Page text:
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I would say I have a variety of music. This is just my iTunes. Most of it is pretty angsty, downright sad, or holds a meaning for me. Let’s take a look:

Aaliyah. She has a couple happy-ish songs, but mostly, she struggles.

– Alanis Morisette’s Jagged Little Pill, Supposed Former Infatuation Junkie, and Under Rug Swept. I like the first two better than the third because she rants more and the songs are just weirder. The third one’s still alright.

– Alicia Keys: Songs in A Minor. She reminds me of one of those old blues singers in a lot of ways, she just sings and her voice sounds like it knows how bad it can be.

– Avril Lavine: Let Go. Yes, I have Avril Lavine, and I like her. You shut up.

Beatles for Sale, Magical Mystery Tour, Past Masters Vol. 2, and Revolver, all by the Beatles. The Beatles are the Beatles. All of their albums have duds on them, but they also have fabulous fabulousness.

The Quintessential Billie Holiday. I cannot sing her songs because she fools around with the tunes so much. I just can’t get them to sound half as cool. I try, but I fail.

– Bing Crosby’s Lost Columbia Sides and Top o’ the Mornin’. During the entire month of March when I was little, I would hear nothing but Bing Crosby singing about shillelaghs. He also sang “Too ra loo ra loo ral” or however you spell it, but my dad used to sing me to sleep with songs he got from Bing Crosby or Gene Autry, and I haven’t thoroughly gone through his CDs yet, but some songs I kinda just needed to have when he died.

Elephunk and Monkey Business by the Black Eyed Peas. I’ve been trying to get my hands on that live version of “Positivity” for God knows how long, but I’ve never seen it again. I probably should’ve just bought it while I was in Rome. *sigh*

– Buddy Holly. If you’ve ever seen a picture of my dad in his twenties with glasses, your automatic reaction is “OMG he looks just like Buddy Holly!” Buddy Holly could sing about heartbreak like no other. Cheerfully getting over it, despite the staggering sadness. And my dad never got tired of being told he looked just like Buddy Holly.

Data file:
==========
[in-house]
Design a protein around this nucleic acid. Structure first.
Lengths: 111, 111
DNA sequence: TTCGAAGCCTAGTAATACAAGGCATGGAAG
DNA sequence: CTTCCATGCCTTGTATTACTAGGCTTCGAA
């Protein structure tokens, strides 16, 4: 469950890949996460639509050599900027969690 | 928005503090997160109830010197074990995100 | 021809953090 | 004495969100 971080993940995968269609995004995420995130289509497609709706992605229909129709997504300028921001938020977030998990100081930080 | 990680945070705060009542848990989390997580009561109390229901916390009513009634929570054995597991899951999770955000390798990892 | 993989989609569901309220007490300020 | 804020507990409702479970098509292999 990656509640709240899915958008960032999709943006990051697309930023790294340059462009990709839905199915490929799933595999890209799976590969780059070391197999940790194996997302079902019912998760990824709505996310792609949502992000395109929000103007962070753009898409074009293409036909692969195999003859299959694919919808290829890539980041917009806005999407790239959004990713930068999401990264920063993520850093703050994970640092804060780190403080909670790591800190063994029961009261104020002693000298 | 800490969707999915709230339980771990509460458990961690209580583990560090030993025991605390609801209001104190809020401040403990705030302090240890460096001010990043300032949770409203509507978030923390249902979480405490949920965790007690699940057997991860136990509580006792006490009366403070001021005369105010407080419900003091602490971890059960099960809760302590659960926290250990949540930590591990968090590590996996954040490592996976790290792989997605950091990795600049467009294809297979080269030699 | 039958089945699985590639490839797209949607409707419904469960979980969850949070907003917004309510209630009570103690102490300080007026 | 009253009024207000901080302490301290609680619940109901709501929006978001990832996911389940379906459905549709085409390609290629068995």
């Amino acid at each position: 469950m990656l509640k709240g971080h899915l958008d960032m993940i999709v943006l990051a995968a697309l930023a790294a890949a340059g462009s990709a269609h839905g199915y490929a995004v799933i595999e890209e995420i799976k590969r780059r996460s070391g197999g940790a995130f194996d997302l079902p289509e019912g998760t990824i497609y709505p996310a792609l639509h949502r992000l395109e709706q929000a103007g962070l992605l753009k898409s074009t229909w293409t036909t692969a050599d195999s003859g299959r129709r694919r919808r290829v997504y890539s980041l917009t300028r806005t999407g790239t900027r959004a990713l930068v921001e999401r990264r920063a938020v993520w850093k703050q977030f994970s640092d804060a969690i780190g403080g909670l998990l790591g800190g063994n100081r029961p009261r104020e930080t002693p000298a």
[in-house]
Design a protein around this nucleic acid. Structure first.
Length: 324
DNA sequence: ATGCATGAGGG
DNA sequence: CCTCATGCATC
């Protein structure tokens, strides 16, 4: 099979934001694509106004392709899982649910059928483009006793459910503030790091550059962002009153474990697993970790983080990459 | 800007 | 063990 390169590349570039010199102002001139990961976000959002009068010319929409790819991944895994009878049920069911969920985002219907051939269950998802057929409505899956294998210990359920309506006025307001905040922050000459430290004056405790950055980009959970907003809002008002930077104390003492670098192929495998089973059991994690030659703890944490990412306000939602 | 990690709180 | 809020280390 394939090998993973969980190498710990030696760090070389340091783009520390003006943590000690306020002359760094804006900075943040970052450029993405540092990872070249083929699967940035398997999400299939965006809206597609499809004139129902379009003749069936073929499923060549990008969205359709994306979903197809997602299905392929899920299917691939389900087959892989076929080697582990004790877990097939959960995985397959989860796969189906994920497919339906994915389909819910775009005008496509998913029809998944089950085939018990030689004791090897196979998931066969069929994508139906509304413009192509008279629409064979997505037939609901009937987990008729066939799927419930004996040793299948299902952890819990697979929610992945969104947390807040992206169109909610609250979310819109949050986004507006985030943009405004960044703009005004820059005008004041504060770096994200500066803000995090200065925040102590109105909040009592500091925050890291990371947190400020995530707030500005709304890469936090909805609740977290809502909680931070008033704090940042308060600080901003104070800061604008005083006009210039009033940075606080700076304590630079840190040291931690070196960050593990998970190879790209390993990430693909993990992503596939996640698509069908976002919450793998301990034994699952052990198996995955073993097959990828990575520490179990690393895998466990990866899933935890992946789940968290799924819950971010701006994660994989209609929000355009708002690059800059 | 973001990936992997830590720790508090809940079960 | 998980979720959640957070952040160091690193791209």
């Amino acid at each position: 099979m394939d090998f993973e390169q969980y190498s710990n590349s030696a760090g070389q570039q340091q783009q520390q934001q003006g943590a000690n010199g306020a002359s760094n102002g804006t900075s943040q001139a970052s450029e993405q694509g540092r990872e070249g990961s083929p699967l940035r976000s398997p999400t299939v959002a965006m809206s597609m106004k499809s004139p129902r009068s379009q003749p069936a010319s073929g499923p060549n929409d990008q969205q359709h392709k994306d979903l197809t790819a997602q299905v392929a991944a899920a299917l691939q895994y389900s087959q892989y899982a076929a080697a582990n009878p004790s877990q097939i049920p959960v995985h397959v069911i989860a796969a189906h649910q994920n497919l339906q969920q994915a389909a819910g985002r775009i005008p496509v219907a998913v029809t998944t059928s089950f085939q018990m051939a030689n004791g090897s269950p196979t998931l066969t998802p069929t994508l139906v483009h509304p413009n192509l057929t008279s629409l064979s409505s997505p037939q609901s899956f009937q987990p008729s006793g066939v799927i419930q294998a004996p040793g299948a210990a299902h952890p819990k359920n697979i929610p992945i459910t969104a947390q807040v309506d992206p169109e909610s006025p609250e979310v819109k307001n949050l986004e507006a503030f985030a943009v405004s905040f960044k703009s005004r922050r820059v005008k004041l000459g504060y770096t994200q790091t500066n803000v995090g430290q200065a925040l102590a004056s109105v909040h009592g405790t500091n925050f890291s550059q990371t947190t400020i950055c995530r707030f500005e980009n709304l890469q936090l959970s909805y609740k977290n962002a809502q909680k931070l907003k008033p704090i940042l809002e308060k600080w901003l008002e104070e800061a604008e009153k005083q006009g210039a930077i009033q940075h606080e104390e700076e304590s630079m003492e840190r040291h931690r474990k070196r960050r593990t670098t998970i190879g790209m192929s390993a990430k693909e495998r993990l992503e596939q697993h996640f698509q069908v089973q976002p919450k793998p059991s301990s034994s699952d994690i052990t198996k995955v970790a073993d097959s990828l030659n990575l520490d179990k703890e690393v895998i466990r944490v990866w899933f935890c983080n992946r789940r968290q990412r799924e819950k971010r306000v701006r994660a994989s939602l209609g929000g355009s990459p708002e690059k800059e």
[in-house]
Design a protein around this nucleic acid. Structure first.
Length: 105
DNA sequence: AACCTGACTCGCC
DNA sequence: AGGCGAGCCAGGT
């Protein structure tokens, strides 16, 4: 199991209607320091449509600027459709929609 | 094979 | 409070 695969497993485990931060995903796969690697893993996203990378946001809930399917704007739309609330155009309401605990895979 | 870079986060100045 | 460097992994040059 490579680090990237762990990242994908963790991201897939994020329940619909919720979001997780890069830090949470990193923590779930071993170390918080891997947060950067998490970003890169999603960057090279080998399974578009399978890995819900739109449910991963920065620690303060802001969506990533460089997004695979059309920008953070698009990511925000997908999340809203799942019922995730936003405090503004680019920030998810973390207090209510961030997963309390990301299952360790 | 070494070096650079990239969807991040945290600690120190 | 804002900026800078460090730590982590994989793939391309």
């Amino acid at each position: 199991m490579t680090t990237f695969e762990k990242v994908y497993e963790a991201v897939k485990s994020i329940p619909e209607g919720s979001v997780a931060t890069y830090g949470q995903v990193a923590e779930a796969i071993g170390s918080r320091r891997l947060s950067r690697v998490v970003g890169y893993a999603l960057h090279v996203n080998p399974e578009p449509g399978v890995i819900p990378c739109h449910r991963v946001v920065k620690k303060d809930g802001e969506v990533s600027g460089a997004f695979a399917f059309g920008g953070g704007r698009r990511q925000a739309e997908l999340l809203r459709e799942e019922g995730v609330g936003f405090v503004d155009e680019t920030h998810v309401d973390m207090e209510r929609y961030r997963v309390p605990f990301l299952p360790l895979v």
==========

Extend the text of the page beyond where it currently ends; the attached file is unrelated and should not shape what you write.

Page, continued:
Prolonging the Magic and Comfort Eagle by Cake. Cake is a seriously fabulous band. They do sexy guitar lines and random lyrics, and some of their lyrics aren’t really that random, but they’re still cool.
10. Barn Party, the Cal-Aggie Marching Band-uh! If you get it, you get it. If you don’t, oh well.

Destiny’s Child, The Writing’s on the Wall, and Survivor. Once upon a time, I was, in fact, a ten-year-old girl who hadn’t quite figured out yet that she was too much of a nerd to be “hip n happenin,” and my aunt terms it. In any case, Destiny’s Child albums were part of my grand scheme to make it big in middle school that failed miserably. I still like some of the songs, but in retrospect, I wonder why I bothered.

– Dido’s Life for Rent. She has a lovely voice and she sings sad songs. All good.

– Ella Fitzgerald. The best. EVER. I learn songs by listening to her sing them over and over again, and then I rework them since if I sing them exactly the same, I will be compared to her, and I will never measure up.

Franz Ferdinand and You Could Have It So Much Better. Great guitar lines, hot lead voice, some mad songs. Good shit.

– Gene Autry. “Cares of the past are behind/lonely but free I’ll find/just where the trail will wind/drifting along with the tumbling tumbleweed.” The singing cowboy. How can you possibly resist?

The Best of Hank Williams. My friends all hate Hank Williams. He is my lover, so too bad for them.

Chopin: Preludes for the Piano. I think that the piano is a very emotionally personal instrument. I can play some of these, but being able to hear the ones I can’t play is really the point of having the CD.

Acoustic Soul, India.Arie. She’s awesome. Rich voice, and doesn’t give a damn what you think.

Brave New World, by Iron Maiden. Angsty + Bruce Dickenson’s sexylicious voice = nigh perfection.

J. Lo and This Is Me… Then. See #4.